At least four dead in Pakistan drone attack

Published Saturday, September 1, 2012

A US drone strike targeting a militant compound on Saturday killed at least four suspected rebels in Pakistan's restive tribal region near the Afghan border, security officials said.

The strike took place in Degan area of North Waziristan, known as a bastion of Taliban and Al-Qaeda.

A security official said the area had been the target of US drone strikes in the past, which killed several foreign militants.

The district is a stronghold of the Hafiz Gul Bahadur militant group, he said, adding that militants from the Afghan Taliban allied Haqqani network also operate in Degan.

The Al-Qaeda-linked Haqqani network in North Waziristan, blamed for some of the deadliest attacks in Afghanistan, is one of the thorniest issues between Islamabad and Washington.

Washington has long demanded that Pakistan take action against the Haqqanis, whom the United States accused of attacking the US embassy in Kabul last September and acting like the "veritable arm" of Pakistani intelligence.

Pakistan has in turn demanded that Afghan and US forces do more to stop Pakistani Taliban crossing the border from Afghanistan to launch attacks on its forces.

Drone attacks began being carried out in Pakistan under former US President George W. Bush, but the policy has been popularized under Barack Obama despite reports that they lead to a high number of civilian casualties.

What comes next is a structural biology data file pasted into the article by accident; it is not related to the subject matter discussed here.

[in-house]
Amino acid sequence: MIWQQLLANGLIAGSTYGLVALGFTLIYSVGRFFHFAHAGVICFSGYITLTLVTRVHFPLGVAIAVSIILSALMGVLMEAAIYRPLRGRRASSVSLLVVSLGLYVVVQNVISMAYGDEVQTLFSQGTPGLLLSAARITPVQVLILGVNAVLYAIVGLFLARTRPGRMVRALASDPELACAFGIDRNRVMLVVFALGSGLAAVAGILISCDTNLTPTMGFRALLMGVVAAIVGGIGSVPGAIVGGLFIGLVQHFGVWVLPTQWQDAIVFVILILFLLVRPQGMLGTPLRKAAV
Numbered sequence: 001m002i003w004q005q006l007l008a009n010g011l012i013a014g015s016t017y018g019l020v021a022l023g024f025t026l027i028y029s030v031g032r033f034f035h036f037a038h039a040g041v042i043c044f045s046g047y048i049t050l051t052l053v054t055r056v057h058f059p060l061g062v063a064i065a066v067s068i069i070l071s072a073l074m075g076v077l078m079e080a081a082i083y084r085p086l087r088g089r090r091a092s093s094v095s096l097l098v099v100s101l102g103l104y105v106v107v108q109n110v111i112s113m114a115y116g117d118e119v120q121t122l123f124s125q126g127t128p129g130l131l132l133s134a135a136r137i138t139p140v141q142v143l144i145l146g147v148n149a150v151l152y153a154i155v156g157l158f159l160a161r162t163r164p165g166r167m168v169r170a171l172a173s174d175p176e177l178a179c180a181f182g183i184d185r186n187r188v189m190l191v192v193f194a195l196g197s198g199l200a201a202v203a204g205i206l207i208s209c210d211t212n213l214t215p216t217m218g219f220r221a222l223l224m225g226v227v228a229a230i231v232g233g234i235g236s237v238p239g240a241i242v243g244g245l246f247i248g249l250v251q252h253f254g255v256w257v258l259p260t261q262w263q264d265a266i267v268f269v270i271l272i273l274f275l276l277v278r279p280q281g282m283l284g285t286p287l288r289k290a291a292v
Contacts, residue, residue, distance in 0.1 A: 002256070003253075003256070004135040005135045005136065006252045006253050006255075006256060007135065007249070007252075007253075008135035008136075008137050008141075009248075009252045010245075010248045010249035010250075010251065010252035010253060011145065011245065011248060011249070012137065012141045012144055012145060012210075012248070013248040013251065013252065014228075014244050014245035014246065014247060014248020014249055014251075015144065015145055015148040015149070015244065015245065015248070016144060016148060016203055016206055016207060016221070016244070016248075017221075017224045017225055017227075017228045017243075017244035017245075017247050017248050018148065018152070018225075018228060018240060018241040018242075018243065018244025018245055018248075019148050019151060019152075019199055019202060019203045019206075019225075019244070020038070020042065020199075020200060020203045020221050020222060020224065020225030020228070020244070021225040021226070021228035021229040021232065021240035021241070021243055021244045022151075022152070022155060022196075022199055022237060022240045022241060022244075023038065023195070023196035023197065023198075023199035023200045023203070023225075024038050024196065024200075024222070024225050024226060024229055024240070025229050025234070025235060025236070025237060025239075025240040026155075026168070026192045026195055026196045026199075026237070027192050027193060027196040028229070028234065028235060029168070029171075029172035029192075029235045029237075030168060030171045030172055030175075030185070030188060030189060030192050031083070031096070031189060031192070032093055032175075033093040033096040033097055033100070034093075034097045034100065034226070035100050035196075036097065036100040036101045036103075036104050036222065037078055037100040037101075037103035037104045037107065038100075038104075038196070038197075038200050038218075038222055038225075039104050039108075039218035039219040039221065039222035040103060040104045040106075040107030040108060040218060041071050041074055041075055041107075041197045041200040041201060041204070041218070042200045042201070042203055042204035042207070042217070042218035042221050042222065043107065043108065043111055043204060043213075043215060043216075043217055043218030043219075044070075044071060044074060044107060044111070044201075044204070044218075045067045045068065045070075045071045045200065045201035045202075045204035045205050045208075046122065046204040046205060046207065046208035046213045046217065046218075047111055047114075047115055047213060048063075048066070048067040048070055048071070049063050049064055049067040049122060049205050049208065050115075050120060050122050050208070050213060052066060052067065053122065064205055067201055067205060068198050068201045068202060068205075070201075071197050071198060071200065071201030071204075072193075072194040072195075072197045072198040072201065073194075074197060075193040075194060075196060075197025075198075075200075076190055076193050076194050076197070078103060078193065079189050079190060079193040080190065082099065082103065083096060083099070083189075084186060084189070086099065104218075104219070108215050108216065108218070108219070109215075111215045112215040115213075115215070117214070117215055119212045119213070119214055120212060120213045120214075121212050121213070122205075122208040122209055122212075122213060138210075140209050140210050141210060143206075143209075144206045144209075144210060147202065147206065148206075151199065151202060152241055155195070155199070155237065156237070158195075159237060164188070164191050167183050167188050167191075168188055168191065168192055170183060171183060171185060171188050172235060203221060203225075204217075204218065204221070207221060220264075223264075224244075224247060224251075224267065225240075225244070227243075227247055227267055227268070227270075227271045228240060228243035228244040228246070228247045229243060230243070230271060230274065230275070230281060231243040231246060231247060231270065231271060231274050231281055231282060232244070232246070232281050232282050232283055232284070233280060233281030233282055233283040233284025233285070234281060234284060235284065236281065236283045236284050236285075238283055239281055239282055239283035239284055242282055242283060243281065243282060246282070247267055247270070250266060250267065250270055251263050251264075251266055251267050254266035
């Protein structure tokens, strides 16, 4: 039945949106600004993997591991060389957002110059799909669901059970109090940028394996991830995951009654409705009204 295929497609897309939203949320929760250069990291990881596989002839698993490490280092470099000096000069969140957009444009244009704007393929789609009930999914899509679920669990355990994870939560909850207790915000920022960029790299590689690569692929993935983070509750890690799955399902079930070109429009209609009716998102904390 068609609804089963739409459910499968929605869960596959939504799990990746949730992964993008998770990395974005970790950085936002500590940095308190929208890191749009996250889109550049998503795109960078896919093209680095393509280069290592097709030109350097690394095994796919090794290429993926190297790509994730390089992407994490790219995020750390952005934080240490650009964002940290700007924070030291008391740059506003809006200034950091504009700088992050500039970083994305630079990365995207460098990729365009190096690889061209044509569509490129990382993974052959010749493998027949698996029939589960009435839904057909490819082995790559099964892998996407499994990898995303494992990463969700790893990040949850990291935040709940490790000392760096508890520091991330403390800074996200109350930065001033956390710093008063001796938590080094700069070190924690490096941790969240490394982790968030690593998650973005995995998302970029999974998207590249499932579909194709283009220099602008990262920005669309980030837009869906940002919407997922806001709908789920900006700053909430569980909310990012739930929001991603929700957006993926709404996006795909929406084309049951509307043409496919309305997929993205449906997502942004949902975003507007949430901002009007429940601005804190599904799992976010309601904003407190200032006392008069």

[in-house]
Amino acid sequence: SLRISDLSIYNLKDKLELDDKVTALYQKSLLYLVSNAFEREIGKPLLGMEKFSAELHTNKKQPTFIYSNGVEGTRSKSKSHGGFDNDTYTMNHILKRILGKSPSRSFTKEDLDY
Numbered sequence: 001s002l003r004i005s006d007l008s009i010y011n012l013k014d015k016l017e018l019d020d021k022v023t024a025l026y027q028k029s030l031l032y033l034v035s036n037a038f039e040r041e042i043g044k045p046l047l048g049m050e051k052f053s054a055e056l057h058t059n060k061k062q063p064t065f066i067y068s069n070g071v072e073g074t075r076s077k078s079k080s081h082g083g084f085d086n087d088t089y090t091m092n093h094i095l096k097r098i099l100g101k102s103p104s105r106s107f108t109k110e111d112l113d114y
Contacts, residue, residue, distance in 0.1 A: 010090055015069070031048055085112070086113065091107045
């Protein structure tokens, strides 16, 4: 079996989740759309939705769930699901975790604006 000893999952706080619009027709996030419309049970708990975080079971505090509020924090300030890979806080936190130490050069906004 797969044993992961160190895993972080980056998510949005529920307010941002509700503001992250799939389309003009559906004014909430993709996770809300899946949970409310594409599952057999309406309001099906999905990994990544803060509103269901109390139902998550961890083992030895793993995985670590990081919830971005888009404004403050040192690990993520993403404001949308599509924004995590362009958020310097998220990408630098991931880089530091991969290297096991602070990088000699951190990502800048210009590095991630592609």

A report published in February for The Sunday Times conducted by the Bureau of Investigative Journalism found that between 282 and 535 civilians have been killed in Pakistan by drones since Obama took office in 2009.

There has been a dramatic increase in US drone strikes in Pakistan since May, when a NATO summit in Chicago failed to strike a deal to end a six-month blockade on convoys transporting supplies to coalition forces in Afghanistan.

Islamabad and Washington have been seeking to patch up their fractious relationship in recent months, with the supply route reopening, after a series of crises in 2011 saw ties between the "war on terror" allies plunge.

But attacks by unmanned US aircraft remain contentious – they are deeply unpopular in Pakistan, which says they violate its sovereignty and fan anti-US sentiment, but American officials are said to believe they are too important to give up.

Washington considers Pakistan's semi-autonomous northwestern tribal belt as the main hub of Taliban and Al-Qaeda militants plotting attacks on the West and in Afghanistan.

(AFP, Al-Akhbar

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